Wayne Gretzky Okanagan Cabernet Sauvignon Syrah 2013 ($17.99). The wine begins with classic minty Cabernet aromas. On the palate, there are luscious flavours of black currant, black cherry, cocoa and coffee. There is pepper on the finish of this appealing blend. 90.


Monday, December 29, 2014

Blue Mountain bubbles take on Champagne








Photo: Blue Mountain winemaker Matt Mavety

Recently, an executive from Champagne producer Lanson was asked by a radio reporter if the Champagne houses should be concerned at dramatic rise in Proseco sales.

Not at all, he replied. The quality of Champagne simply puts it in a different league than Proseco, the Italian bubbly.

I would not argue with that, other than to say we expect more from a $50 - $100 Champagne than we do from a $20 Proseco.

Having said that, we don’t need to go offshore if we want a classy sparkling wine for New Year’s, or for any other occasion. Blue Mountain Vineyard & Cellars, right in our own back yard, is one of Canada’s best sparkling wine producers. Its wines certainly compete with Champagne.

In fact, the wines in its reserve sparkling program are nudging toward the price of Champagne. However, good sparkling wine is never going to be cheap. There is at least twice as much labour involved in making bubble than in making still table wine.

Secondly, when the sparkling wine is aged for years in the cellar before release, capital is tied up for years. The three current Blue Mountain releases are from the 2006, 2007 and 2010 vintages. The cost of capital inevitably will need to be reflected in the price of the finished wine. In fact, the volumes of the Blue Mountain reserves are so modest – 100 to 200 cases – that winemaker Matt Mavety may be making these more for the prestige than for the profit.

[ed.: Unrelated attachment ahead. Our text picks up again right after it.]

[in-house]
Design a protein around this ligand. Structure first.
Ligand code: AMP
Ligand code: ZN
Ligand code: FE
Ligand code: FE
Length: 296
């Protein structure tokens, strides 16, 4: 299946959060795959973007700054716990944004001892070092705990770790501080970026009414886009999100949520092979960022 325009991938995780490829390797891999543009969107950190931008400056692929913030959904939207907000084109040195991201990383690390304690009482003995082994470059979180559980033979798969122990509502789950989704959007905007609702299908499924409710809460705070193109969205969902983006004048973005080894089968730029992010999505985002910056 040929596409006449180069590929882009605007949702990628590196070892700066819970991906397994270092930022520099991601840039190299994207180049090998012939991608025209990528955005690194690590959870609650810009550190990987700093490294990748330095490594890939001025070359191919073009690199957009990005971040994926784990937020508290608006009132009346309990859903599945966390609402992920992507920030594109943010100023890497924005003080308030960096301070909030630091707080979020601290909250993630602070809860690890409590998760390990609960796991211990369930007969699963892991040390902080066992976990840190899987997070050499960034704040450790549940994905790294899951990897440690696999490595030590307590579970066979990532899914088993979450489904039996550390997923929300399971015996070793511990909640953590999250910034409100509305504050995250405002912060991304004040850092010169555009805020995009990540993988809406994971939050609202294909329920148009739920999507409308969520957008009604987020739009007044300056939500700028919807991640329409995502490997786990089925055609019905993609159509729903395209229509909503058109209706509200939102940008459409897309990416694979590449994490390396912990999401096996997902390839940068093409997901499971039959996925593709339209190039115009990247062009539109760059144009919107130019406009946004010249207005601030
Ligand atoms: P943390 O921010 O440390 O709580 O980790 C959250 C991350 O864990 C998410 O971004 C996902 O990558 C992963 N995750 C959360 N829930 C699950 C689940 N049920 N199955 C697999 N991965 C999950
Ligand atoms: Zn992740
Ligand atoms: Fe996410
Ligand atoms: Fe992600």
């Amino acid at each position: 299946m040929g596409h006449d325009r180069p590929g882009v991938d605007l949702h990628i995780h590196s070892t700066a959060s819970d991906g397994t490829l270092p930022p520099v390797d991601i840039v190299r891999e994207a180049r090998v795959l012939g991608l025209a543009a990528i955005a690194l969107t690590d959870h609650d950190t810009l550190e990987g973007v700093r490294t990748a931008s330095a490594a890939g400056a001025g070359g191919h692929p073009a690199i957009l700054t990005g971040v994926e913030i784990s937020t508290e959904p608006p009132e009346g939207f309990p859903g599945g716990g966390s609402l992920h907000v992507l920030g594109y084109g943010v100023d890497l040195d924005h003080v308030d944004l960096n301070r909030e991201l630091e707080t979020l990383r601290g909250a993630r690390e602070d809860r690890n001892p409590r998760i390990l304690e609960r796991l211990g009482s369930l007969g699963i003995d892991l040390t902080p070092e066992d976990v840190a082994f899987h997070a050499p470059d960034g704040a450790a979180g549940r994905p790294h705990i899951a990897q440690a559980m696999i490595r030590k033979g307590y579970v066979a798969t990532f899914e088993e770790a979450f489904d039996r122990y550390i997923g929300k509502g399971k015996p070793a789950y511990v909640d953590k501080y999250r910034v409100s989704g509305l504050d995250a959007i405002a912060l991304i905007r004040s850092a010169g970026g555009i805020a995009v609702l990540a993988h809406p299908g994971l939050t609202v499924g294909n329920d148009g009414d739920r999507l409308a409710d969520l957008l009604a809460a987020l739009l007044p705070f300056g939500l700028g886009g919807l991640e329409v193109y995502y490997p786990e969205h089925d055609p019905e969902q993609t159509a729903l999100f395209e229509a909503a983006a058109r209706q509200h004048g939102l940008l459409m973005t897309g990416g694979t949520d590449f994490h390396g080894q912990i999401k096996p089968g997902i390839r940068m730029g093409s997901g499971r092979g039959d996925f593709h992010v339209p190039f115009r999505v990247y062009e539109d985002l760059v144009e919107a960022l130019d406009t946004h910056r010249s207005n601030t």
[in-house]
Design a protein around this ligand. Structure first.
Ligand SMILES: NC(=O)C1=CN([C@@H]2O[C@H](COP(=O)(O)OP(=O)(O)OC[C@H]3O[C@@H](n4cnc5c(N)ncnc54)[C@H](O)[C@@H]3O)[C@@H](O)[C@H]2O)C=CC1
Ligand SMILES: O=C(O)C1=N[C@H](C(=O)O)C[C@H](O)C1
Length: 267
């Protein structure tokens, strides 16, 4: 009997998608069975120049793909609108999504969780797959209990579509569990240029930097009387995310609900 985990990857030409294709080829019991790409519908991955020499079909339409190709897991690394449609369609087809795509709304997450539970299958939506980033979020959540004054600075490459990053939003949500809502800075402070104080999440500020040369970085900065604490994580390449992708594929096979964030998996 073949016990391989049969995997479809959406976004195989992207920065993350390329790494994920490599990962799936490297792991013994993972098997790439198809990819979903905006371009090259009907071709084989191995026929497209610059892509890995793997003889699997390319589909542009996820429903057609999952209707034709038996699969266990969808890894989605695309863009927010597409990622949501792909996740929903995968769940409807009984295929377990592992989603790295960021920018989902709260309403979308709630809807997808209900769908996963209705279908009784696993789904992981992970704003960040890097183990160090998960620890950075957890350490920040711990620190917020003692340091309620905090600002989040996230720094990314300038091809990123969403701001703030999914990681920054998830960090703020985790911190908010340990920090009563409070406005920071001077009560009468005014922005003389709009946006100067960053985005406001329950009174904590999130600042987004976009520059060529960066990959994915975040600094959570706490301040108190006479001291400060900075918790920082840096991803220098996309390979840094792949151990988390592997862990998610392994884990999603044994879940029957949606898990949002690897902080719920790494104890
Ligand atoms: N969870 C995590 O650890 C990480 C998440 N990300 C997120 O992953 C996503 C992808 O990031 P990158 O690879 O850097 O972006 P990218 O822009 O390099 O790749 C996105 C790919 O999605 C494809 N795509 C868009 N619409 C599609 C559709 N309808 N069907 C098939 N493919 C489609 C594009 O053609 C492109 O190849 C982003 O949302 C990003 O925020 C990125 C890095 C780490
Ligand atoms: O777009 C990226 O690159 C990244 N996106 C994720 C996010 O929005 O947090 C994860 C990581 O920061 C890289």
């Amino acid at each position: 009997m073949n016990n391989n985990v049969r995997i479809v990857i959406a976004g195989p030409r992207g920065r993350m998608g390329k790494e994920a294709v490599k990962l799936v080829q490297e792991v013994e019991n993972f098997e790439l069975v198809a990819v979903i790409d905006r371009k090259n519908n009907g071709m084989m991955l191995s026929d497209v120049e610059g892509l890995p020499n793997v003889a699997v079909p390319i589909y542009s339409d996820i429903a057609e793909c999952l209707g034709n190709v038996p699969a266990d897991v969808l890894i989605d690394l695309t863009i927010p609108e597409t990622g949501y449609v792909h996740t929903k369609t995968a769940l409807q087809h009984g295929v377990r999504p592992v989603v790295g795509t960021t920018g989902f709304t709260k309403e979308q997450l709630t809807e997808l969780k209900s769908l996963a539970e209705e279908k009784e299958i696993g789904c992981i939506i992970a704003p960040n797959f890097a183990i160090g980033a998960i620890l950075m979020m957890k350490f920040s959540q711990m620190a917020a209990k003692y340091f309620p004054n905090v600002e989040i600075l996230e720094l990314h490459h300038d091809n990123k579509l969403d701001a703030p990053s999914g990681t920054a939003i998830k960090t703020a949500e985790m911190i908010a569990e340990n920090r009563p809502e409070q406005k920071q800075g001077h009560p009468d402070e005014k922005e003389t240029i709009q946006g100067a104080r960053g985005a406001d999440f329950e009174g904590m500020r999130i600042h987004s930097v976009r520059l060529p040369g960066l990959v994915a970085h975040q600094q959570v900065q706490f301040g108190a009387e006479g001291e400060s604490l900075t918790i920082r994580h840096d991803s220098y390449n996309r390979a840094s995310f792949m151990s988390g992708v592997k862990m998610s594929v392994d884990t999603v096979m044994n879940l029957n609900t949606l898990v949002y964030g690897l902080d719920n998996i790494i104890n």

Blue Mountain wines have always delivered value for money. This is illustrated by the two table wines, a Pinot Gris and a Gamay, also released this fall.

Here are notes on those wines. R.D. means recently disgorged.

Blue Mountain Pinot Gris 2013 ($21). The style of this wine deviates slightly from the fruity, drink me now, style of most Okanagan Pinot Gris wines.  Forty percent was fermented and aged six months in French oak (new to four years old). The wine in barrels also was left in contact with the lees, but with minimum battonage. The other 60% was fermented and aged in stainless steel. The barrel portion gives the wine a rich texture. The wine has herbal and citrus aromas with a bready note from the lees contact. On the palate, there are flavours of pear and citrus. The finish is dry. This wine is built to age four to six years, developing even more complexity. 90.

Blue Mountain Gamay Noir 2012 ($23). This wine was fermented entirely with the wild yeasts from the vineyard. The technical notes refer to a 20-day maceration period, indicating a moderately slow fermentation. The wine was aged nine months in four-year-old French oak barrels. Aside from a touch of mocha on the palate, there is no significant oak flavour. However, the fleshy texture results in part from time in barrel. The wine has aromas and flavours cherry and blackberry. 90.

Blue Mountain Rosé Brut 2010 R.D. ($33). This wine gets a lovely rose petal hue from the 65% Pinot Noir in the cuvée (the rest is Chardonnay). The wine spent 36 months on lees in individual bottles after completing secondary fermentation. The dosage is 10 grams a litre, enough to flesh out the flavours without making the wine sweet. The wine begins with toasty and strawberry aromas, leading to a creamy mouthful of fruit flavours, with a crisp, clean finish. 91.

Blue Mountain Blanc de Blancs 2007 R.D. ($40). This wine is just as elegant and complex as fine Champagne. Made with Chardonnay in the 2007 vintage, the cuvée was bottled for its secondary fermentation in February 2008. The wine spent six years on the lees in individual bottles, to be disgorged in May 2014. The prolonged time on the lees has given this wine toasty, nutty aromas and flavours and very fine bubbles. The finish is crisply clean and dry. 93.

Blue Mountain Reserve Brut 2006 R.D. ($40). This is 30% Pinot Noir, 70% Chardonnay. The wine spent seven years on the lees in individual bottles before being disgorged in May 2014. It is almost creamy on the palate with toasty notes on the nose. The flavours include appealing hints of strawberry and citrus. The wine, which finishes dry, is exceptional in its elegance. 95.

If you can’t find any of this in good wine stores, the winery plans to release a Brut 2007 R.D., followed by a 2008 Brut R.D. You might want to get on a list for this wine.